By taking symbolic experiences seriously, we “live the symbolic life,” suggests Jung.  This perspective enables us to remember that we are both human and divine—that we are infinite beings in human bodies on a journey to awaken to our own wholeness and pure potentiality.

Tungus shaman: photocredit – Shutterstock

Shamanic cultures also seem to embrace the symbolic life. Because they view the world as ensouled, nature is inherently imbued with power. The synchronistic call of an owl or the flight of a crow may be considered portentous. In the mornings, tribes might gather to assess their nighttime dreams for guidance and direction. Myths and stories are passed down to help younger generations understand context and purpose. Future shamans undergo initiation through a process of shamanic illness, visions, or dismemberment, in order to be re-membered into their role as a shaman, and thus awakening to a new reality.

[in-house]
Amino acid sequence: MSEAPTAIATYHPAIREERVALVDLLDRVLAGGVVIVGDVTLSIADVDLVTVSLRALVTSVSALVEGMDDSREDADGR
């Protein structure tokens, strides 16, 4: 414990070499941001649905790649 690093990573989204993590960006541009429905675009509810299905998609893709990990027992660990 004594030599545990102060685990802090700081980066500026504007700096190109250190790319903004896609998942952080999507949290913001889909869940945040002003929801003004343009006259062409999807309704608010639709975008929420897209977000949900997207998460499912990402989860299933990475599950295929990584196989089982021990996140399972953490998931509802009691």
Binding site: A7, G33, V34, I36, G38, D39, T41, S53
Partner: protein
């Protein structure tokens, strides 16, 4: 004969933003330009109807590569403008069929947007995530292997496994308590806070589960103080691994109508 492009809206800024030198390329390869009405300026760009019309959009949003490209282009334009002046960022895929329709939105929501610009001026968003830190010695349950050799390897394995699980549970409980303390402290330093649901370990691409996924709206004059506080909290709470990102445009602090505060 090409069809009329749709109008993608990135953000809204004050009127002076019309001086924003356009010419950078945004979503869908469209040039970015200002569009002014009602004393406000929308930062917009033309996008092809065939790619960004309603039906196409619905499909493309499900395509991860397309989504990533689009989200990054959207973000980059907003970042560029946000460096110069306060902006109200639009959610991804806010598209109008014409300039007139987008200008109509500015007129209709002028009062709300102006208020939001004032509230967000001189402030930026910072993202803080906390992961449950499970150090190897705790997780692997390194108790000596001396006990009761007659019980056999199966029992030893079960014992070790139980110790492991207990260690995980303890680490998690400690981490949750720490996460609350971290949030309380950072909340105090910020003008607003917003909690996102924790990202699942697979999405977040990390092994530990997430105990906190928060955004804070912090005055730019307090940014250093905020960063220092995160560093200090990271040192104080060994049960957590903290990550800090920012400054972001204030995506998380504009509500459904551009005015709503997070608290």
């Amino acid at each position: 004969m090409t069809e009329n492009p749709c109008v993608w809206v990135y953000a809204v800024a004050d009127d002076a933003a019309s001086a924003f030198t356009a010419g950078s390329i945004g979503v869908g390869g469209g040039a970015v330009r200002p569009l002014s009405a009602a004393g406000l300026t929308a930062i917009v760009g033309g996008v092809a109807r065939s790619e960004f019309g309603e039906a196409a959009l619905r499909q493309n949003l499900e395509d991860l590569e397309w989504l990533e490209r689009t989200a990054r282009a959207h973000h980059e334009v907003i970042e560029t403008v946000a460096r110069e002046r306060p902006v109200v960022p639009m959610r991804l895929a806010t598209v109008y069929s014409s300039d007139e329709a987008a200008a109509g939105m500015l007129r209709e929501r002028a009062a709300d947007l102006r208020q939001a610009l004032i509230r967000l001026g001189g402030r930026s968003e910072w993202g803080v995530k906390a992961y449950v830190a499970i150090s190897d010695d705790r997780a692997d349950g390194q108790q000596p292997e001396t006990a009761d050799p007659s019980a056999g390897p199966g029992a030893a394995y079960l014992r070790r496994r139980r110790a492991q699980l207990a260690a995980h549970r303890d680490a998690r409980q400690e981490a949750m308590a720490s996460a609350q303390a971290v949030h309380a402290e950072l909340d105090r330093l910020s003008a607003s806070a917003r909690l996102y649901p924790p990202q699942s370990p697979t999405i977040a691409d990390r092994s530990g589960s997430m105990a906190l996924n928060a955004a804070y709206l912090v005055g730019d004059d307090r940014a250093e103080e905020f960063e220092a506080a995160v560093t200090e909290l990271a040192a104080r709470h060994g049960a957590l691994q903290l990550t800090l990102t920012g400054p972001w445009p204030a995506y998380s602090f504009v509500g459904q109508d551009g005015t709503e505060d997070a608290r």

For those of us in modern western culture, when we are swept into distress, despair, frustration, anger, or a sense of separation, loss, or abandonment, it is because we have forgotten our divine nature and our place in relationship to the world soul. We have abandoned the symbolic life and take the things that happen to us far too personally or literally.

In my role as a soul-centered coach, I guide my clients through challenges by looking at their lives from a symbolic, metaphoric, mythic, shamanic, and depth psychological perspective instead of a literal one. This kind of a depth psychological perspective helps us find our way to our own inherent gifts and calling. 

This depth of experience, accessed and lived through symbol and story, can then be conveyed through writing, art, speaking, storytelling, theater, healing, coaching, consulting, therapy, parenting, caregiving, as well as love, empathy, and compassion in every form. These offerings become the foundation of our calling, each of us, when we engage a depth psychological lens to help heal ourselves, our planet, and people that we love.